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Print A: Landscape after Rousseau / Mary Nimmo Moran


In this etching, Mary Nimmo Moran captures the spirit of the works of the French Barbizon artists and one of the group’s founding members, Théodore Rousseau (1812–1867). We must look carefully for the figures bending to collect reeds at the edge of the pond, so skillfully are they integrated into the composition. This suggestion of the oneness of humanity with nature was a hallmark of the Barbizon group, and their imagery became popular with collectors in the second half of the nineteenth century as a reminder of a simpler life and an antidote to an increasingly industrialized world.

Nimmo Moran first encountered works by the Barbizon artists in 1866, when she and her husband, the artist Thomas Moran (1837–1926), went to Europe. They spent several months in Paris, taking side trips to Fontainebleau, which is thirty miles south of the city and the site of a royal hunting lodge encircled by extensive forests.1 A group of French artists had established themselves in the nearby town of Barbizon, where they concentrated on portraying the forests of Fontainebleau and the day-to-day life of the rural people. Noted for their dedication to the most basic elements of landscape painting—the trees, the grasses, the wetlands—the group came to be known as the Barbizon School. Although their work influenced Nimmo Moran throughout her career, her husband found it limiting as a means of artistic expression. He would have limited himself, however, had he not occasionally created humble landscapes that focused on the simple life, such as An Apple Orchard — East Hampton, L.I. (14.423).2

Twenty years after visiting Fontainebleau, Moran accepted a commission to provide illustrations for an auction catalogue of the Thomas Chapman collection, which included works by American artists and French Barbizon painters. Moran enlisted his wife’s help to complete the assignment, and she created Landscape after Rousseau.3 Nimmo Moran assisted her husband on a few other projects scholars can verify, such as illustrations for Picturesque California, which resulted in A California Forest (14.102b).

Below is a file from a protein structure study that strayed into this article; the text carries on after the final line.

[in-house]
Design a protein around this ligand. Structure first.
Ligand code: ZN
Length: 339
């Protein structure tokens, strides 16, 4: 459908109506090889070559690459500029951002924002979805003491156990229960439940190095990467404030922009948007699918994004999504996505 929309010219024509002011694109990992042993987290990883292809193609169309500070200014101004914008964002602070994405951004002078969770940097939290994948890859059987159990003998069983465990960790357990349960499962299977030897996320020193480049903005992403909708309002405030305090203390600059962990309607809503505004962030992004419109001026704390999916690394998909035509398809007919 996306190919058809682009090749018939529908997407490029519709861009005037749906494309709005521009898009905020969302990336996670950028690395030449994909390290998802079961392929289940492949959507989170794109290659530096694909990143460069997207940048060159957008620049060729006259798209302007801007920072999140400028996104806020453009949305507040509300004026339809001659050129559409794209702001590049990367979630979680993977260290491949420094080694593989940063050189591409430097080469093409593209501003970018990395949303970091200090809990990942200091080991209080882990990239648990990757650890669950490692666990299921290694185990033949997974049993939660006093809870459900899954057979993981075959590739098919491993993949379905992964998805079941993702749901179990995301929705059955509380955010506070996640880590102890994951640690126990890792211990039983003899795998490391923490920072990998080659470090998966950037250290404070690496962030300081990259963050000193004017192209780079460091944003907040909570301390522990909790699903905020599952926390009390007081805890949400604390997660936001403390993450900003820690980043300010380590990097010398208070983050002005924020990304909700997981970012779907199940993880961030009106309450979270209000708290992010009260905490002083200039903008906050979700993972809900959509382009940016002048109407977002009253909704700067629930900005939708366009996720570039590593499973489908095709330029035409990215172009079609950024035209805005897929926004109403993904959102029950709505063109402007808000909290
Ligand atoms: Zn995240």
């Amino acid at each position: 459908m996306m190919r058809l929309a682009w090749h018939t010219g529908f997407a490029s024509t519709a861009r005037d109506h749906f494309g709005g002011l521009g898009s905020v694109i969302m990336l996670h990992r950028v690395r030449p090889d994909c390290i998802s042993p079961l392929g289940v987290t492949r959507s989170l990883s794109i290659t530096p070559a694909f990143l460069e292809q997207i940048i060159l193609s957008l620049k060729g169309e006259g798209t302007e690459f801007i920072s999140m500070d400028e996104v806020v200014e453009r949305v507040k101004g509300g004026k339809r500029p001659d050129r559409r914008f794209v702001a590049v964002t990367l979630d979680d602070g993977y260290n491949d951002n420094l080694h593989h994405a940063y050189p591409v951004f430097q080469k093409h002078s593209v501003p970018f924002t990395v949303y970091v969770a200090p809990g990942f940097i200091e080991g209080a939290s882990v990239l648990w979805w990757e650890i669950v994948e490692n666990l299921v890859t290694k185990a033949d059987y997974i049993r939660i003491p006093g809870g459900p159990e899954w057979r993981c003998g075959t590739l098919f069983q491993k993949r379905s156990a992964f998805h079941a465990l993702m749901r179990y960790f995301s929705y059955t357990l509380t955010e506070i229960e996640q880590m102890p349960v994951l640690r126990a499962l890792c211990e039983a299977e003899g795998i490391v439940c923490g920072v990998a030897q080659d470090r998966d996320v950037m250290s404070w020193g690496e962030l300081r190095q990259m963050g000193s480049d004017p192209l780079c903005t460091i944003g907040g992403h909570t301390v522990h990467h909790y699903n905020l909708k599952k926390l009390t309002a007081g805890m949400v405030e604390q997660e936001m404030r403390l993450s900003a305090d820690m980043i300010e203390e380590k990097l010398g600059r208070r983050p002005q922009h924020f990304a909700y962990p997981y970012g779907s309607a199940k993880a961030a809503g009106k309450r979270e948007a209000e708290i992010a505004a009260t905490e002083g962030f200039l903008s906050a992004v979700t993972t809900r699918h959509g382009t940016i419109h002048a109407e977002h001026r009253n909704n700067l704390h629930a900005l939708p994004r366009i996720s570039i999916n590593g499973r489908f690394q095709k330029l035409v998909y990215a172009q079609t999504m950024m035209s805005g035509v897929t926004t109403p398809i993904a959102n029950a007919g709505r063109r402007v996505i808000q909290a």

—Sandra Pauly, Henry Luce Foundation Curatorial Scholar for Moran Collection Research, 2021

1 Wilkins, Thomas Moran: Artist of the Mountains, 55–57.
2 Wilkins, Thomas Moran: Artist of the Mountains, 55–57; Vittoria, “Nature and Nostalgia in the Art of Mary Nimmo Moran,” 9, 50–53, 94.
3 Vittoria, “Nature and Nostalgia in the Art of Mary Nimmo Moran,” 277. After reviewing the 1999 catalogue raisonné of Rousseau’s work (by Michel Schulman, Marie Bataillès, Virginie Sérafino), Vittoria could not identify the painting represented by Nimmo Moran’s etching. For the Chapman auction catalogue, Moran created Landscape (14.455), after George Inness; A Turkish Ruin (14.425), after Narcisse Virgile Diaz de la Peña; and Cattle on the Coast (14.429), after Carleton Wiggins.

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Print A: Landscape after Rousseau
Mary Nimmo Moran (Artist)
Théodore Rousseau (After)
brown printing ink on paper
Landscape; single-sided 0.298- 0.301 mm Light cream, laid, dandy-roll paper. Ribbed surface with even fiber distribution and horizontal chain lines in transmitted light.
Object Type: 
Accession No: 
Previous Number(s): 
1426.103A; 29477
Not On View

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